Not a big fan of the ‘tepid maxim’ as an opening gambit, Mark. (of course ‘gambit’ isn’t synonymous with ‘tactic’, and properly means a ‘tactical sacrifice’ or move that involves a loss – in this instance the loss is that of your reader’s faith and attention, and the gain is you get to read this diverting little parenthetical note about the technical meaning of ‘gambit’)
You don’t even commit to it: ‘can sometimes be tricky’? Why hedge so early on? What reader is likely to be challenged by this statement, provoked, unnerved, surprised? What is there to grip us?
Can you imagine a single human being disagreeing with this assertion?
Well, I suppose only in the sense that it feels like three-day-old-iceberg-lettuce-limp understatement.
Besides anything else, ‘can sometimes be’ – a fucking split infinite, Mark – hobbles your first line. Why not ‘Love is tricky’?
Prose thrives on commitment. As a writer, our general, everyday hygiene protocol needs to be checking through the words we hammered out yesterday, and stripping out all the hedge-words, all the watering down, all the steps back and splicey-meh ‘on the other hand’ havering horseshit.
I’m talking: slightly, almost, rather, nearly, sort of, kind of, seemed to – those flavourless, cowardly pipecleaner words that qualify your language to death and relieve you, the author, of the responsibility of ever having to take a stand.
Be provocative. Be opinionated. Love is impossible. Love rips your guts out. Love is the medicine that eventually kills you.
Saying ‘love takes on many forms’ is about as revelatory as saying ‘poop comes out the butthole’. At least the latter has the virtue of being visual. ‘on’ is a fluff word. Cut it.
I would lose this whole first line altogether, to be honest. It’s just naff truisms, watered down so much as to be almost meaningless.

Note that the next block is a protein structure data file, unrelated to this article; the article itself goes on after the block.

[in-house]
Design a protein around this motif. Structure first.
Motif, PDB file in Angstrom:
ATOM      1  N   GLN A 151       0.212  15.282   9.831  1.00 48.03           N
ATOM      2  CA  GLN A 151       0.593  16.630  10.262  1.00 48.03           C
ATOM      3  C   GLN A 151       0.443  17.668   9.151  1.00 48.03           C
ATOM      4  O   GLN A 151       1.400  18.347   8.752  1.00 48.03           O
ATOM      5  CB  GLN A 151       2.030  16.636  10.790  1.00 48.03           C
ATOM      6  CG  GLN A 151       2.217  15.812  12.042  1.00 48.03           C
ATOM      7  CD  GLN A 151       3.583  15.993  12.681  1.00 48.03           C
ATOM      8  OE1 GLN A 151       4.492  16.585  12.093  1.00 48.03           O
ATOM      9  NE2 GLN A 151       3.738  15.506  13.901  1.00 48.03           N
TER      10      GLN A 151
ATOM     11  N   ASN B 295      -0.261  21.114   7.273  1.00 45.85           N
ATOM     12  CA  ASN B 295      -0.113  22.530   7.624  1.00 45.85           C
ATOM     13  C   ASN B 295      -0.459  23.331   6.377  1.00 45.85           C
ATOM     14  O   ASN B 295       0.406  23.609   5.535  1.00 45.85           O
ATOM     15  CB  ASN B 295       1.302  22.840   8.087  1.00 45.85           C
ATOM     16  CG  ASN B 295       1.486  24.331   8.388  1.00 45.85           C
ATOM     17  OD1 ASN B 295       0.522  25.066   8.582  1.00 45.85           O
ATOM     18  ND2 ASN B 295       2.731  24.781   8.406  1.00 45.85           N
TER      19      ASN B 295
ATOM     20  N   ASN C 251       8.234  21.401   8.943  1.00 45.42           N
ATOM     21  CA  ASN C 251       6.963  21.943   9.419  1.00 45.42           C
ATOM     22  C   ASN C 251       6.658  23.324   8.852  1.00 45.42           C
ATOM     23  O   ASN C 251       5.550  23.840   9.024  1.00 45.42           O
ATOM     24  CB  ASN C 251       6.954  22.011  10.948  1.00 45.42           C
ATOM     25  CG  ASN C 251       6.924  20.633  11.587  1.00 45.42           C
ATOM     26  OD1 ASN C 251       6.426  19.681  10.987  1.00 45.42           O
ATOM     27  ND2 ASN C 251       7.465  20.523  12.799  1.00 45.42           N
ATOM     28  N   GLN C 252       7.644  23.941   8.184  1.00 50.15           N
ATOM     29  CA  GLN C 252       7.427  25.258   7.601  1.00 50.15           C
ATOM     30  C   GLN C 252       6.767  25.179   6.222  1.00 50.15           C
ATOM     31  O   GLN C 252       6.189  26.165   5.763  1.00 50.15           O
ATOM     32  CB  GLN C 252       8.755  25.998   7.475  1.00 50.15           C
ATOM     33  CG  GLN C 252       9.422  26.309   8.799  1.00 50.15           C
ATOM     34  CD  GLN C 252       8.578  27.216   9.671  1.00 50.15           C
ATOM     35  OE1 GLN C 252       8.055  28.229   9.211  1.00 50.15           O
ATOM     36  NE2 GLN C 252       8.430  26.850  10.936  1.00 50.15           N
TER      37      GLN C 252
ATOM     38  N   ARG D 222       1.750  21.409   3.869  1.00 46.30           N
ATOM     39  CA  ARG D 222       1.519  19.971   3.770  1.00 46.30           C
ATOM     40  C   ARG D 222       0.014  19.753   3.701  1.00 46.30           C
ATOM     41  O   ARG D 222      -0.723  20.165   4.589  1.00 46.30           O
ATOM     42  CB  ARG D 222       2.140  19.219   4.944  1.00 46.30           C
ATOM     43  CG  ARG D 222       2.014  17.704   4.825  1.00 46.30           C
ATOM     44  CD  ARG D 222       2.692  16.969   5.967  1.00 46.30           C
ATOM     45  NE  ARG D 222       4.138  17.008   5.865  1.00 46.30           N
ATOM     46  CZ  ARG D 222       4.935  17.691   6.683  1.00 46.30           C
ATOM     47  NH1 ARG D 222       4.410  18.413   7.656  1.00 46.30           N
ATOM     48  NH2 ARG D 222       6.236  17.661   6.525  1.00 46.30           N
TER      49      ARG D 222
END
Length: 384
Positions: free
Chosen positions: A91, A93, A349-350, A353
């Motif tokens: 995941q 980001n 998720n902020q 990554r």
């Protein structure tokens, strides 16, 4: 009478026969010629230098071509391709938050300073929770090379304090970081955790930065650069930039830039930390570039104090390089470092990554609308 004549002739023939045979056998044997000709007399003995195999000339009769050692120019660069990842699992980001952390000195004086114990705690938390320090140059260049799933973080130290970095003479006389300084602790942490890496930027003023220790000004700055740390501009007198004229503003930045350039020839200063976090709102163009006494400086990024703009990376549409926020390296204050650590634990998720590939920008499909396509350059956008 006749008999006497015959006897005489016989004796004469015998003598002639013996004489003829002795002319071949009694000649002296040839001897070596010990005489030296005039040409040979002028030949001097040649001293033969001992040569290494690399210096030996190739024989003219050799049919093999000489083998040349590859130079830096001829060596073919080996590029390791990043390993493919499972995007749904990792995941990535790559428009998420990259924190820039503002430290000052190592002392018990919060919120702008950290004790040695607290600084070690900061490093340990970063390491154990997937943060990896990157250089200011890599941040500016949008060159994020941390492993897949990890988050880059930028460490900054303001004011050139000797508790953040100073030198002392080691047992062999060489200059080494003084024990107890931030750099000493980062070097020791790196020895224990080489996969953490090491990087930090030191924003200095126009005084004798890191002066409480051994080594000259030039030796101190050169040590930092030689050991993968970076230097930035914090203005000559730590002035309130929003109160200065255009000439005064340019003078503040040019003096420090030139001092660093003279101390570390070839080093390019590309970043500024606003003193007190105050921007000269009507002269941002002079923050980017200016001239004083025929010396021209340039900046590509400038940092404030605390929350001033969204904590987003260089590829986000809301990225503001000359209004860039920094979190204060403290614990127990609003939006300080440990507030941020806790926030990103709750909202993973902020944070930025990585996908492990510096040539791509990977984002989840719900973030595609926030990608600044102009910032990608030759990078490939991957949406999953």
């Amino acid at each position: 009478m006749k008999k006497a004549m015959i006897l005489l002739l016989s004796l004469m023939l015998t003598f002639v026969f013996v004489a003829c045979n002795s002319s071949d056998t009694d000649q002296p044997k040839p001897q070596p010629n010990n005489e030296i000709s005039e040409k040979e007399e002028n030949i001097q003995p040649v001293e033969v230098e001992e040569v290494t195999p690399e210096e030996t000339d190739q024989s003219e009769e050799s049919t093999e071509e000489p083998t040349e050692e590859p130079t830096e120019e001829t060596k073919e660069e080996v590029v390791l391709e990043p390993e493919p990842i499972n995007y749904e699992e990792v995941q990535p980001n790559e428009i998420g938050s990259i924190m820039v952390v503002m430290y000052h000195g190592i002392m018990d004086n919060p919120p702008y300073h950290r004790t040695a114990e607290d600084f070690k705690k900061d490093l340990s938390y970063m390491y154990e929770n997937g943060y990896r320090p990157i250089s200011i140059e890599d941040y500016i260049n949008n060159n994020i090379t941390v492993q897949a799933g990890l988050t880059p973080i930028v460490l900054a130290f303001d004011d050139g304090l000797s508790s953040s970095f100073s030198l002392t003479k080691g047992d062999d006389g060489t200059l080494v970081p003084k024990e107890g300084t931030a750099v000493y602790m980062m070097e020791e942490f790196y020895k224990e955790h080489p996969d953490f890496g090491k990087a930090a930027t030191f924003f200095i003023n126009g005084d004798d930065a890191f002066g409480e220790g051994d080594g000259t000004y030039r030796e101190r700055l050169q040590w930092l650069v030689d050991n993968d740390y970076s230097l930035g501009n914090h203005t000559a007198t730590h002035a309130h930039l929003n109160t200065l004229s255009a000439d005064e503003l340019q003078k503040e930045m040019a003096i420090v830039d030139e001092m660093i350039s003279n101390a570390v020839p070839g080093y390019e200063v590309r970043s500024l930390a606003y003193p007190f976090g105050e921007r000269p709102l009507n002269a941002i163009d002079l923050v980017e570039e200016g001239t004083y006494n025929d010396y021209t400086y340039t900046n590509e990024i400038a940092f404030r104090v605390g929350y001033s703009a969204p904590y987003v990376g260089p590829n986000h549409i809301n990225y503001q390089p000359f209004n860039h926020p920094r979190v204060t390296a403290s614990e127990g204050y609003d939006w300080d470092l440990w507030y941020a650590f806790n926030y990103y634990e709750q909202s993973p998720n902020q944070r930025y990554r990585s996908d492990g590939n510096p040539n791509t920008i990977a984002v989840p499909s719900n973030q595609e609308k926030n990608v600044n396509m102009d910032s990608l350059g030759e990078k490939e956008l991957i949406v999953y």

Love leads us to do crazy things, make difficult decisions and make great sacrifices.
No. Cut this. Mark, I am sure you are a wonderful human being. This writing has absolutely no bearing on that.
It’s not even a referendum on your as a writer. It’s just some writing you have produced.
This is a fucking awful line. It’s so banal it could be used as a crowd-control measure by riot police. It emits a powerful field that robs human beings of strength and volition.
It’s so obvious, so insipid, so, so… nothingy. It’s not even twee in a Hallmark way, because its claims are so small. Love promotes personal sacrifice? Precisely who will find this a novel or interesting statement? What, exactly, is a reader supposed to get out of this? This is supposed to be a novel, not a primer on basic human interaction for stroke victims.
Love fuels us all.
AAARRRRGGGHHHH! *covers head, dives through plate glass window*
My name is Walter, and this is the story of the decisions and sacrifices my own love has led me into.
So, ‘My name is Walter’ is at least specific. That’s good. ‘and this is the story of’ whets the appetite a bit as well. Good.
After that is just a very boring smear of abstractions and grammatical cartilage. ‘has led me into’ is a truly horrible way to close the sentence. Put your most interesting, vivid words last. I’ll admit that the pickings in this sentence are decidedly slim.
June 1st, 2012.I will never forget that day.
So including the date is good, specific, helps narrow the field. No shame in that. It’s straightforward, saves a lot of faffing.
‘I will never forget that day’ is clichéd, hammy and drab. The tone completely undermines the content.
Also – show, don’t tell. Don’t have your narrator step in to say how momentous or emotive the events we’re just about to see are, unless the narrator explains it in a particularly interesting way. By implication, the narrator should be dropping us into the story at an interesting point. It’s not like we’re expecting:
June 1st, 2012. What a shit, unremarkable day. I picked my arse and watched Columbo. At half-past six I ate a jacket potato but I hadn’t done it properly and the middle was all hard. I threw half of it away, had a wank, and went to bed early.
I haven’t read that Scandinavian Karl Ove Knausgård fellow, but I imagine it’s all like that.
I treaded down the hospital hallway.